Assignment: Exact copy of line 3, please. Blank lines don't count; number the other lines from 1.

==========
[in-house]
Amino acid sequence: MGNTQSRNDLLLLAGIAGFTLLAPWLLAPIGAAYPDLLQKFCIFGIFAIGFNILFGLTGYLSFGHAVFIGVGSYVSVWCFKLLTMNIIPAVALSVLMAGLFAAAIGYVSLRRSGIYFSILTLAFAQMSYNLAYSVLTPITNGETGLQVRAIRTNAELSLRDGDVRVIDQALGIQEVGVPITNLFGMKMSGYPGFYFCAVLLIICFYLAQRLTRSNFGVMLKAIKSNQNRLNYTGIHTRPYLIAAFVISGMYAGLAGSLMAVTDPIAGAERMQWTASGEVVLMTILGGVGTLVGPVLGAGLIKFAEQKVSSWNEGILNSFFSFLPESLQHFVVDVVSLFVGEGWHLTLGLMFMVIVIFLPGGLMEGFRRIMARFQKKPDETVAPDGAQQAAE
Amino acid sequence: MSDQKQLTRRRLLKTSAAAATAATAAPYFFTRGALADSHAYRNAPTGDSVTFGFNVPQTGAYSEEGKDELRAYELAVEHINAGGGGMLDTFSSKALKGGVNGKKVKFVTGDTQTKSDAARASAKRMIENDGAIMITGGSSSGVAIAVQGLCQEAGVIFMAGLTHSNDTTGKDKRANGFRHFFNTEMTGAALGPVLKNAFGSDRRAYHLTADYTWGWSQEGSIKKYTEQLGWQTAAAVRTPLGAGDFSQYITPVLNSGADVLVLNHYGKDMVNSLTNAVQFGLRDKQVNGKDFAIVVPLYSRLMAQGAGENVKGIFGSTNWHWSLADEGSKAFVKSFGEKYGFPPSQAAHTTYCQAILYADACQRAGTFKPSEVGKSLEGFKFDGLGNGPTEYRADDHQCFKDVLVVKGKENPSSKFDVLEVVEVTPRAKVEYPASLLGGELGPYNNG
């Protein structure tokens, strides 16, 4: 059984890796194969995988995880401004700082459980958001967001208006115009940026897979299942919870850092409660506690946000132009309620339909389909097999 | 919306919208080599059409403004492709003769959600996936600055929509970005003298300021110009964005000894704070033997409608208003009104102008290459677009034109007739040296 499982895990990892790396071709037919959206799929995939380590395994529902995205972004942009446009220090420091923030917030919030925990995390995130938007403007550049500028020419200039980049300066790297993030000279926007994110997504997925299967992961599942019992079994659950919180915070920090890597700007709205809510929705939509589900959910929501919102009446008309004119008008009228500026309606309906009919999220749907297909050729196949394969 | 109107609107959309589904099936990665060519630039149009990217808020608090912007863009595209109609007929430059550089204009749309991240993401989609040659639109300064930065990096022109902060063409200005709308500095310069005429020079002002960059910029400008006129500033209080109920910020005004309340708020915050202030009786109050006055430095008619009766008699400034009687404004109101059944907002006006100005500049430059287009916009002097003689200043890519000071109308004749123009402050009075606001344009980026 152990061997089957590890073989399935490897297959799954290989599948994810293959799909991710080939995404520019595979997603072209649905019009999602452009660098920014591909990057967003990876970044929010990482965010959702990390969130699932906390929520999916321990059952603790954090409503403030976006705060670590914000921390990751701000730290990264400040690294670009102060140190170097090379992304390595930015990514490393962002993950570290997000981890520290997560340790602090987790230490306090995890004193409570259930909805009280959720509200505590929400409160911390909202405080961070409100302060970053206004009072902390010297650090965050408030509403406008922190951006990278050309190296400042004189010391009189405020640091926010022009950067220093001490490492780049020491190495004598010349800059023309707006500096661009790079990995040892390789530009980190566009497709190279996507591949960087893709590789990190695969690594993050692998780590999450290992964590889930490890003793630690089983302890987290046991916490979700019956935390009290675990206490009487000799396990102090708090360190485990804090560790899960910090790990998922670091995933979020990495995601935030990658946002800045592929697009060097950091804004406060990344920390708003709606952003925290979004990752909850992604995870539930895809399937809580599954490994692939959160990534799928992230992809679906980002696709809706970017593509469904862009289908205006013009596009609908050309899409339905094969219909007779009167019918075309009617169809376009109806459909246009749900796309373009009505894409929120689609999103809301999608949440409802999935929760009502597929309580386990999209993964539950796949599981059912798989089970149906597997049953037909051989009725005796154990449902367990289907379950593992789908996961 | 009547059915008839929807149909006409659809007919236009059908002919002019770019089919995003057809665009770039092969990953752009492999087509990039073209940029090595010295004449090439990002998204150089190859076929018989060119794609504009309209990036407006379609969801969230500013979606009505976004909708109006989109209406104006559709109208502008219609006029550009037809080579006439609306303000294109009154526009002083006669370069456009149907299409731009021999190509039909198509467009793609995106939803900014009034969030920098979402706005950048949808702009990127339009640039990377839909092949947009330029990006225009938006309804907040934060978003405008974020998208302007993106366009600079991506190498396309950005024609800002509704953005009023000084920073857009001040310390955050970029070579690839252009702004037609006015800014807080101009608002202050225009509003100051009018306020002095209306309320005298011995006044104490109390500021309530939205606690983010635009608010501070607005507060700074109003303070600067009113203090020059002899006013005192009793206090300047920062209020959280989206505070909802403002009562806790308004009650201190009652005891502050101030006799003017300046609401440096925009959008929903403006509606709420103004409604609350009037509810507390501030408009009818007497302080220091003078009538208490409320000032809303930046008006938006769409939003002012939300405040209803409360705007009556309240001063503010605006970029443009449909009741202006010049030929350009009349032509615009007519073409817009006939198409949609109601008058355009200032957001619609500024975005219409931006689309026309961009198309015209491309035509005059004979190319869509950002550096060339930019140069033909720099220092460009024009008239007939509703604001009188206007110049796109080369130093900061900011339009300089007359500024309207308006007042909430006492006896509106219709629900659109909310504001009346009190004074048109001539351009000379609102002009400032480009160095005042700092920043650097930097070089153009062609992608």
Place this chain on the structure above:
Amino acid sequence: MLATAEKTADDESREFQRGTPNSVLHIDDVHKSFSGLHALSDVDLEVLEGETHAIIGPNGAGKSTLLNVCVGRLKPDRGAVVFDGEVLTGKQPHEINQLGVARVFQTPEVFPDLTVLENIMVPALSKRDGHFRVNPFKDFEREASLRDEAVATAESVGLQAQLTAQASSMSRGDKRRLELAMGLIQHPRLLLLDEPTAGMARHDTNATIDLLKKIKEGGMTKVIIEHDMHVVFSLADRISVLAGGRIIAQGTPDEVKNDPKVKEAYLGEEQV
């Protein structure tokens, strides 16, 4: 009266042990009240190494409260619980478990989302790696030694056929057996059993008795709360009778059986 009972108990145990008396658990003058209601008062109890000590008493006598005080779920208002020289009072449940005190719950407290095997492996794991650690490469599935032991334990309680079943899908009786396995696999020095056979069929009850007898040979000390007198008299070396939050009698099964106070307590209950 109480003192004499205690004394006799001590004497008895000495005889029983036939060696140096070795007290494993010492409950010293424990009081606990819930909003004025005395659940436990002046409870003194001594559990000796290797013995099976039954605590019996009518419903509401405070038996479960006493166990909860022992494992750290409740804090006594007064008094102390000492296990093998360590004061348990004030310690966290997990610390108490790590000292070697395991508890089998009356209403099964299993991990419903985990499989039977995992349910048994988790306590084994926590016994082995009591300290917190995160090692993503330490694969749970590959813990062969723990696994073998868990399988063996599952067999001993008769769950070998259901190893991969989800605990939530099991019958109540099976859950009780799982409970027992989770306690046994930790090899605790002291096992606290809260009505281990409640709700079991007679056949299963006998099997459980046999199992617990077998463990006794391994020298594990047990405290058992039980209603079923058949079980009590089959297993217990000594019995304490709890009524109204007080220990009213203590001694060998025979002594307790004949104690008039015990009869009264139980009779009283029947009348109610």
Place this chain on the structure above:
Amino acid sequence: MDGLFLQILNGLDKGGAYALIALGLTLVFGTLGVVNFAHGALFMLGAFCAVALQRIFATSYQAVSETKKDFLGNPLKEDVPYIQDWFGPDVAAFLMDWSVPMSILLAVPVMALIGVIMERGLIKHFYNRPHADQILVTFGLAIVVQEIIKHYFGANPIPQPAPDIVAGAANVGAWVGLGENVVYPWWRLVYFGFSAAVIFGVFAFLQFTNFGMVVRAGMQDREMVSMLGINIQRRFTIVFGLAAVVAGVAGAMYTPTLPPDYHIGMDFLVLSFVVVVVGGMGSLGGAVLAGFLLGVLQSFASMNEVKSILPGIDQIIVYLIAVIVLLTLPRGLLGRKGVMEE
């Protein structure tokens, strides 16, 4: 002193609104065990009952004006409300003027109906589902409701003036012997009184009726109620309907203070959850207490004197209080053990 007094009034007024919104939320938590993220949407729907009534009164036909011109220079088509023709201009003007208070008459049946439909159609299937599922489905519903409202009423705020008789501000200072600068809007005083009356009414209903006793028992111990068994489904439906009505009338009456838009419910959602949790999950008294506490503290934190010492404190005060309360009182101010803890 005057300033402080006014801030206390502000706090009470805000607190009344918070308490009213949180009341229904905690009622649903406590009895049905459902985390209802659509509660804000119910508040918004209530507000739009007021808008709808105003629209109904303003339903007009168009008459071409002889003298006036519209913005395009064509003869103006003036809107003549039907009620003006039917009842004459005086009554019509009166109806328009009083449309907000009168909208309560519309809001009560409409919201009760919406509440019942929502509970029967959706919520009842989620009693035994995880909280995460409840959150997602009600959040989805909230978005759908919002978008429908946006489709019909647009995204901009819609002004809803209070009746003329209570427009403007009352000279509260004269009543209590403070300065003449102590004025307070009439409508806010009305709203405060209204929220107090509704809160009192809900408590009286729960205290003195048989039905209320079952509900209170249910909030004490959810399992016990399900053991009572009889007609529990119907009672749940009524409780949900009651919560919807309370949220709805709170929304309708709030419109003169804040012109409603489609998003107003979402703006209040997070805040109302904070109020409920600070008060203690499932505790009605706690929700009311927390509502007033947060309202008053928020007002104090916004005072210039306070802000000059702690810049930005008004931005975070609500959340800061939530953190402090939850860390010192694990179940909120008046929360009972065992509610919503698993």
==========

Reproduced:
Amino acid sequence: MSDQKQLTRRRLLKTSAAAATAATAAPYFFTRGALADSHAYRNAPTGDSVTFGFNVPQTGAYSEEGKDELRAYELAVEHINAGGGGMLDTFSSKALKGGVNGKKVKFVTGDTQTKSDAARASAKRMIENDGAIMITGGSSSGVAIAVQGLCQEAGVIFMAGLTHSNDTTGKDKRANGFRHFFNTEMTGAALGPVLKNAFGSDRRAYHLTADYTWGWSQEGSIKKYTEQLGWQTAAAVRTPLGAGDFSQYITPVLNSGADVLVLNHYGKDMVNSLTNAVQFGLRDKQVNGKDFAIVVPLYSRLMAQGAGENVKGIFGSTNWHWSLADEGSKAFVKSFGEKYGFPPSQAAHTTYCQAILYADACQRAGTFKPSEVGKSLEGFKFDGLGNGPTEYRADDHQCFKDVLVVKGKENPSSKFDVLEVVEVTPRAKVEYPASLLGGELGPYNNG